SECOND OPINION | Neil Davey (THREE STARS): Picture the scene. He’s just got an Oscar nomination for Hustle and Flow so writer-director Craig Brewer is sitting down with the studio. They’re toasting his success. So much praise for what’s only his second picture? Why this young man is one we need to nurture, they said. Maybe. So what’s next, Craig? they said – maybe – between puffs on cigars and swigs of excellent brandy. What else can we help you with?
Chances are the expected answer was not a Deep Southern pot-boiler about a nymphomaniac who shags her way around until she meets an ageing bluesman who cures her by chaining her to a radiator. Cue the sound of jaws falling open and cigars hitting the expensive boardroom table… Still, Brewer got it made, so well done him. To what purpose though is still unclear: it’s been weeks now and I’m still not sure whether it’s any good. The young girl in question is Rae (Christina Ricci), loose of limb and looser of morals, but with a history of being abused that, in the script’s Psychology 101 way, is a shortcut for her being a complete slut. She might be pinning her hopes on Ronnie (Justin Timberlake, in another good performance, the annoyingly talented git), the one man who seems able to control her urges, not least as he has problems himself but, with Ronnie out of the picture in military boot camp, Rae’s soon overcome by her strange lusty mood.
This time though, having binged on drink and drugs and disastrous sex, she’s been left half-naked and unconscious on a country road, just outside Lazarus’ place. Lazarus (Samuel L Jackson) once played the blues but now, with his recent marriage break-up and all this farm work to do solo, he’s living them. He takes Rae in, nurses her to health and gets a hint of her deeper issues. That’s when he decides he won’t let her out if she’s going to carry on this way so he does what anyone would do in the circumstances and chains her to his radiator, like a cold turkey cure for sex addiction. And through this unorthodox treatment, Rae and Lazarus help each other towards redemption. Aside from the race issues that some will undoubtedly raise – irrelevant really – Black Snake Moan is going to cause some fuss. You can’t have a film featuring your lead actress chained, sometimes willingly, to a radiator and expect to escape the sexism allegations. Is it justified? Yes and no. Rae frequently comes across as the sanest person in the village, a prisoner of her circumstances rather than immoral for immorality’s sake. But then she does spend much of the film in panties and chained to a bloody radiator…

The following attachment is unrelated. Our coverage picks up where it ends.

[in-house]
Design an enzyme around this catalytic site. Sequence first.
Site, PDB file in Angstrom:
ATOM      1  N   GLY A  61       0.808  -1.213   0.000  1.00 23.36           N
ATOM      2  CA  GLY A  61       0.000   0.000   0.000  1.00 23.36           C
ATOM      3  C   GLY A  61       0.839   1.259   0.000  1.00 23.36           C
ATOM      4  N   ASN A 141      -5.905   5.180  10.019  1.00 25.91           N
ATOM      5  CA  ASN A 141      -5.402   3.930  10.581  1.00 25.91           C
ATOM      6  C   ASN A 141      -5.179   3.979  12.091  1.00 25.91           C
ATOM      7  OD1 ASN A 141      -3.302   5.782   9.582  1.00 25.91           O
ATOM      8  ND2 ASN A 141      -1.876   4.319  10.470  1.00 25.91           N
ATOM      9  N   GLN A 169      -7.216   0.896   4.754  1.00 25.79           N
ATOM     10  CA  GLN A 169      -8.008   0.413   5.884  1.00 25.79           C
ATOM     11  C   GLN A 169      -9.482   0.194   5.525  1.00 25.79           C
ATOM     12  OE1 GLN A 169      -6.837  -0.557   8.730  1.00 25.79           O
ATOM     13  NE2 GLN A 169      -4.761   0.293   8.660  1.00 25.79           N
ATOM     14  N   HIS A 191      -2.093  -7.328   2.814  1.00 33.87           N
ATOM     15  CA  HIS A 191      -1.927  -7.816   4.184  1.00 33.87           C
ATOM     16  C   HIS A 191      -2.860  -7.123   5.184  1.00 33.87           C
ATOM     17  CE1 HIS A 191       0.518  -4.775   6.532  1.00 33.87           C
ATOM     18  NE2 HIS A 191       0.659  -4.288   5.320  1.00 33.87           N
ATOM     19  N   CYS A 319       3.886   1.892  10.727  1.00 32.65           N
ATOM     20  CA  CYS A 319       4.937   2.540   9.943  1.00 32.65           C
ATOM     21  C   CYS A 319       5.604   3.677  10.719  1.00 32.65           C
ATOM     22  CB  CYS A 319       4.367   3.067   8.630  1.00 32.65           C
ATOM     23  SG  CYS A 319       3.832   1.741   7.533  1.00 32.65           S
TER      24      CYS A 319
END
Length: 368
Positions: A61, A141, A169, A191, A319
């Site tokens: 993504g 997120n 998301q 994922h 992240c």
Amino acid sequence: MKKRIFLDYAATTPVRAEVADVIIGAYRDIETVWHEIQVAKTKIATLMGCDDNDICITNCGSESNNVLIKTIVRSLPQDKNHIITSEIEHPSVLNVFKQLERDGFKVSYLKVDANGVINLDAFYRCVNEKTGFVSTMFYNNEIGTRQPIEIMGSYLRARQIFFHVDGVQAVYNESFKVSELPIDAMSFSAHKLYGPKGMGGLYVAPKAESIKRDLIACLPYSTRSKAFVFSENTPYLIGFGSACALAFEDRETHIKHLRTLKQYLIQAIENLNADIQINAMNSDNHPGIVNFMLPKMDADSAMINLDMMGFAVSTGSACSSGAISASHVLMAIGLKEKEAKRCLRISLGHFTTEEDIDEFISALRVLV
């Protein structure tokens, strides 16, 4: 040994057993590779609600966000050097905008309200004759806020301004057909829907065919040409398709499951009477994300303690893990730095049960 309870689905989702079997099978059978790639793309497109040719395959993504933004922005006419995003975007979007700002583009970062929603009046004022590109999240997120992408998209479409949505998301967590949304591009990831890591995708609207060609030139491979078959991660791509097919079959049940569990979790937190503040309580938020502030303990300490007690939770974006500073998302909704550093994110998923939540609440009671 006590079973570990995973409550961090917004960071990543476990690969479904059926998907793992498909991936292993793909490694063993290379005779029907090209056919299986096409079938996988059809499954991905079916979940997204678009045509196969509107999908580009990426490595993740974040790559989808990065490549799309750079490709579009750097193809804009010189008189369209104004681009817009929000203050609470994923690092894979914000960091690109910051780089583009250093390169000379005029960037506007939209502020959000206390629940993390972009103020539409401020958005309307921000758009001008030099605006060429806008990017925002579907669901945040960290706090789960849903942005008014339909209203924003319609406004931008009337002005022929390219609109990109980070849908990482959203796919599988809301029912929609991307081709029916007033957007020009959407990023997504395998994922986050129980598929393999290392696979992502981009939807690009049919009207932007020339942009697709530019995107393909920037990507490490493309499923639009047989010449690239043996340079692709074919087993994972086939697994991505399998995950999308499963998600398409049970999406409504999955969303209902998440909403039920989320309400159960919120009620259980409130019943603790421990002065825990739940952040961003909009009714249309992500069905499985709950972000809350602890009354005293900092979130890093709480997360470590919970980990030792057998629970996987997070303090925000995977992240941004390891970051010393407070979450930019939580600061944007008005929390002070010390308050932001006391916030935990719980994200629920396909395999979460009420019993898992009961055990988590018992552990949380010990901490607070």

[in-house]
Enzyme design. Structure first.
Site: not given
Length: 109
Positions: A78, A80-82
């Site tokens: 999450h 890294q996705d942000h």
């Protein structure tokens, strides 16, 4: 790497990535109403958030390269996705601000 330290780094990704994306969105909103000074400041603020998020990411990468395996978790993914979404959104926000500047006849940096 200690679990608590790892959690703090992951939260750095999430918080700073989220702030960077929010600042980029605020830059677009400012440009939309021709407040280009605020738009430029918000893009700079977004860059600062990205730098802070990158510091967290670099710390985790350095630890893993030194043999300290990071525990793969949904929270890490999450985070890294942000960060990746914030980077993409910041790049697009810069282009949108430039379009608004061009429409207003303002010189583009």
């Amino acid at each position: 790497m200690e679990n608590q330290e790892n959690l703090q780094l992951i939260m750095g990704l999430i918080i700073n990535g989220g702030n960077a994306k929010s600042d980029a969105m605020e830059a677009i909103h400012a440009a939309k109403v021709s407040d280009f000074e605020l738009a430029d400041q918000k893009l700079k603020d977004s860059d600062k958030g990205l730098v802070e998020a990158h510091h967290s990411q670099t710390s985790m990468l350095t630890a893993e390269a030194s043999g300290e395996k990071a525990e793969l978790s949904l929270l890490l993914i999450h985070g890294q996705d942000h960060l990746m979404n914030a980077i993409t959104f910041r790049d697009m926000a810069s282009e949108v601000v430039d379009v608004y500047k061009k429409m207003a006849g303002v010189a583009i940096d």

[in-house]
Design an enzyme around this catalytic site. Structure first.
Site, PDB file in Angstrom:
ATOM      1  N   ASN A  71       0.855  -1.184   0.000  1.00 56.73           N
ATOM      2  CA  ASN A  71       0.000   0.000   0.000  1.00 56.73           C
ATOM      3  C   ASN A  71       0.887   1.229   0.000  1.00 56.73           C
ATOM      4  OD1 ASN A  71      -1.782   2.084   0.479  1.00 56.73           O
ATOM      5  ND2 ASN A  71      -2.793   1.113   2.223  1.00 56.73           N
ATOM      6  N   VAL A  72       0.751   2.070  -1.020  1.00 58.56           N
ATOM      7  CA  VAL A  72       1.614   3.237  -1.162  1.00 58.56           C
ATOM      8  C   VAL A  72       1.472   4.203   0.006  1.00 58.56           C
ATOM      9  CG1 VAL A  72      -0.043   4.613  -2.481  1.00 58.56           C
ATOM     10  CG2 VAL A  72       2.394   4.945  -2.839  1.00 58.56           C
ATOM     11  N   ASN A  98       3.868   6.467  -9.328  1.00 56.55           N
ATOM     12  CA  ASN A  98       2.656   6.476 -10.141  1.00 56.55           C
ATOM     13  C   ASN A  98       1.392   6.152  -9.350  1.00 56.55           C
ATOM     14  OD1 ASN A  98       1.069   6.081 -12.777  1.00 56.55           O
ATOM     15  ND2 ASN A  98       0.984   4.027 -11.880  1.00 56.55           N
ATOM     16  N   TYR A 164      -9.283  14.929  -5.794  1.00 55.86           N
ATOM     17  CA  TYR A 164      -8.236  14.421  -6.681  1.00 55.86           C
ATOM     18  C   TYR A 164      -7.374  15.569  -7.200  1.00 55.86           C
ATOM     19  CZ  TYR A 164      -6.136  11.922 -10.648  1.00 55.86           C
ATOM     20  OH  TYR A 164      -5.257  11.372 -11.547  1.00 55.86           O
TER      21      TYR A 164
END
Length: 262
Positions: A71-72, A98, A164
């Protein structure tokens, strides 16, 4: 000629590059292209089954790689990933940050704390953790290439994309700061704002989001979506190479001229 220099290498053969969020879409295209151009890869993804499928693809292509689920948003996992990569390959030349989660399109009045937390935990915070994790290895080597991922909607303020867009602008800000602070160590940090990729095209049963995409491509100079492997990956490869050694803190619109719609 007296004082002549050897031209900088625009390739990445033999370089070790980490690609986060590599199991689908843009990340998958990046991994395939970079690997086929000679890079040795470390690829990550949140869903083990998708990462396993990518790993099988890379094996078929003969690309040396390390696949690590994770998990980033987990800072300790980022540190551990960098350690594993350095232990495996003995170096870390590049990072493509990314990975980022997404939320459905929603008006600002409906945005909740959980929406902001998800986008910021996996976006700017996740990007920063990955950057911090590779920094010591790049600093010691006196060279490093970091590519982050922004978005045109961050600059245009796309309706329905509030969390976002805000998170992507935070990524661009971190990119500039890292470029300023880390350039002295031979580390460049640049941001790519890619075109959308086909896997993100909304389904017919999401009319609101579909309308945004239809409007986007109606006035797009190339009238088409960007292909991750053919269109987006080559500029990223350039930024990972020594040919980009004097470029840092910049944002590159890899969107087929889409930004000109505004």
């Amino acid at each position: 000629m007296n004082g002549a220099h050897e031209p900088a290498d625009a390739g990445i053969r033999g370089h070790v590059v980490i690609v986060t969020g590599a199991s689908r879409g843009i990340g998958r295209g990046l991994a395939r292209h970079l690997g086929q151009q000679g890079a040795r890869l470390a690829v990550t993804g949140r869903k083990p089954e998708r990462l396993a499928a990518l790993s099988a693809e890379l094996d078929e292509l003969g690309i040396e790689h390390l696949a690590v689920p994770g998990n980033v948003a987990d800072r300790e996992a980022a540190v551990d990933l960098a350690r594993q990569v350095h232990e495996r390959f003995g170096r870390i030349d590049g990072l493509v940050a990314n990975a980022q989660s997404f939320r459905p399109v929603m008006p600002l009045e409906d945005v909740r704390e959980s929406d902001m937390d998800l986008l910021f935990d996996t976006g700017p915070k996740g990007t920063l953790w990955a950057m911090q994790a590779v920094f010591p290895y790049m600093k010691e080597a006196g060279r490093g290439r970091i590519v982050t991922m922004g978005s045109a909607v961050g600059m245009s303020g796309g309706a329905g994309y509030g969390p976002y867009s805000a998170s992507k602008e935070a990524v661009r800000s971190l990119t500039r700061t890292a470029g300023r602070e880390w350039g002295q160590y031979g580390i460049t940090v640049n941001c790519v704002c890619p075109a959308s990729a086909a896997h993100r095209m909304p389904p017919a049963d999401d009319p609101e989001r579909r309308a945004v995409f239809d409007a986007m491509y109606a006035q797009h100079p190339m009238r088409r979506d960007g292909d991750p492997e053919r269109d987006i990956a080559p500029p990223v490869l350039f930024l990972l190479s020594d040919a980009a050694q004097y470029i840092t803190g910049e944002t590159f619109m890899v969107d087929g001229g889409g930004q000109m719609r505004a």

The metaphors are also heavy handed. The awakening of Lazarus? Thanks to the ‘Rae’ he lets into his life? Puh-lease. There are more subtle touches though: Lazarus lectures Rae on vengeance, because his wife has left him for his brother and he needs to rage at someone else, preferably female and preferable lacking in moral fibre. Rae has long been abused but this extreme case – chain, padlock, radiator – is an abusive cure, and it comes from the first man she’s met who wants nothing from her. Both Jackson and Ricci are enormously committed to their parts and the strength of their performances find the humanity within, even as the exaggerated plot threatens to push them to the very edge of rationality. But the question remains. To what purpose? Black Snake Moan is bizarre, never boring – but ultimately somewhat bemusing.